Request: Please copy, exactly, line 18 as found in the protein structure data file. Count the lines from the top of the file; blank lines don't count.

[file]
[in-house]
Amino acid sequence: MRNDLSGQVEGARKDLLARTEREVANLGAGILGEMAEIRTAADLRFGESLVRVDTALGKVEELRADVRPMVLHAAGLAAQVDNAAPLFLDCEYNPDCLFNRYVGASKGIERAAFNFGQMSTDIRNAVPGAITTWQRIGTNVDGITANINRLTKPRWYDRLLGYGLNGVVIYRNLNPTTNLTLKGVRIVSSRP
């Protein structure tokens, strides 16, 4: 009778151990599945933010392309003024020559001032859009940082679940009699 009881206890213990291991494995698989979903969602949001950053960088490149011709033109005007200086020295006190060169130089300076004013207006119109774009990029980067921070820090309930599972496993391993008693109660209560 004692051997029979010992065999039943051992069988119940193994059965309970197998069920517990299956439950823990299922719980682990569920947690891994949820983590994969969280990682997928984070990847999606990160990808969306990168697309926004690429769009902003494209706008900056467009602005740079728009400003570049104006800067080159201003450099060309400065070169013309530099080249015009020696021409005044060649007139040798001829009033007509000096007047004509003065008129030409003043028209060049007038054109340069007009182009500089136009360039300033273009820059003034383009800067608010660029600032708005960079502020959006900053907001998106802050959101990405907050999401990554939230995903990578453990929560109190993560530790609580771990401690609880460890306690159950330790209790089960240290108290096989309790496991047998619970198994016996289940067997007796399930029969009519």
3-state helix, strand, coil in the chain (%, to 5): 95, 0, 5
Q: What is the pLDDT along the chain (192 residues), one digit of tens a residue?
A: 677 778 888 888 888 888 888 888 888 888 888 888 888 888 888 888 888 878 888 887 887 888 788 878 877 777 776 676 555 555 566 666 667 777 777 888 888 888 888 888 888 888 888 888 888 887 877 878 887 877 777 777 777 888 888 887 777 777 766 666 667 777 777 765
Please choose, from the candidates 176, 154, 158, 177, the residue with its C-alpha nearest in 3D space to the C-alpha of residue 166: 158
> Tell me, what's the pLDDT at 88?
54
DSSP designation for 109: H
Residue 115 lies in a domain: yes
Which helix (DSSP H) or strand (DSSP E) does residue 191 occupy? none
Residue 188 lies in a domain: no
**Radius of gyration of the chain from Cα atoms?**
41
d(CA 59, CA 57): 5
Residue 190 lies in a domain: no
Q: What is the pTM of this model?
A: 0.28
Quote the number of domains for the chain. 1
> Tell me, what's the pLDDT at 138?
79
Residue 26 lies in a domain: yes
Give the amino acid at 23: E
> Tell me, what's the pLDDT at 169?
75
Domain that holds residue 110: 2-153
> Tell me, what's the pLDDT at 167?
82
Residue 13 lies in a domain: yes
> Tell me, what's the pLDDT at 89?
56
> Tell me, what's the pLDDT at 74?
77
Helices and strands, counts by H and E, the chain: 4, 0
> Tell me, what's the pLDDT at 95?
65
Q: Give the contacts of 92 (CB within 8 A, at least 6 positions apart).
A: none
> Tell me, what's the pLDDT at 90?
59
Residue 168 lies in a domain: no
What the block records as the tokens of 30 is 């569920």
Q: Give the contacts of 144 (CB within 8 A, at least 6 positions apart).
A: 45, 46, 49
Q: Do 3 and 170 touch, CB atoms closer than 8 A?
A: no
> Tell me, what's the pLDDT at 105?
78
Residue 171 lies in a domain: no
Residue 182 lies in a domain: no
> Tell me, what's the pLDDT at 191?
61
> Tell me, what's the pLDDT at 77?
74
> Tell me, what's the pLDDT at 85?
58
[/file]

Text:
Q: What is the pTM of this model?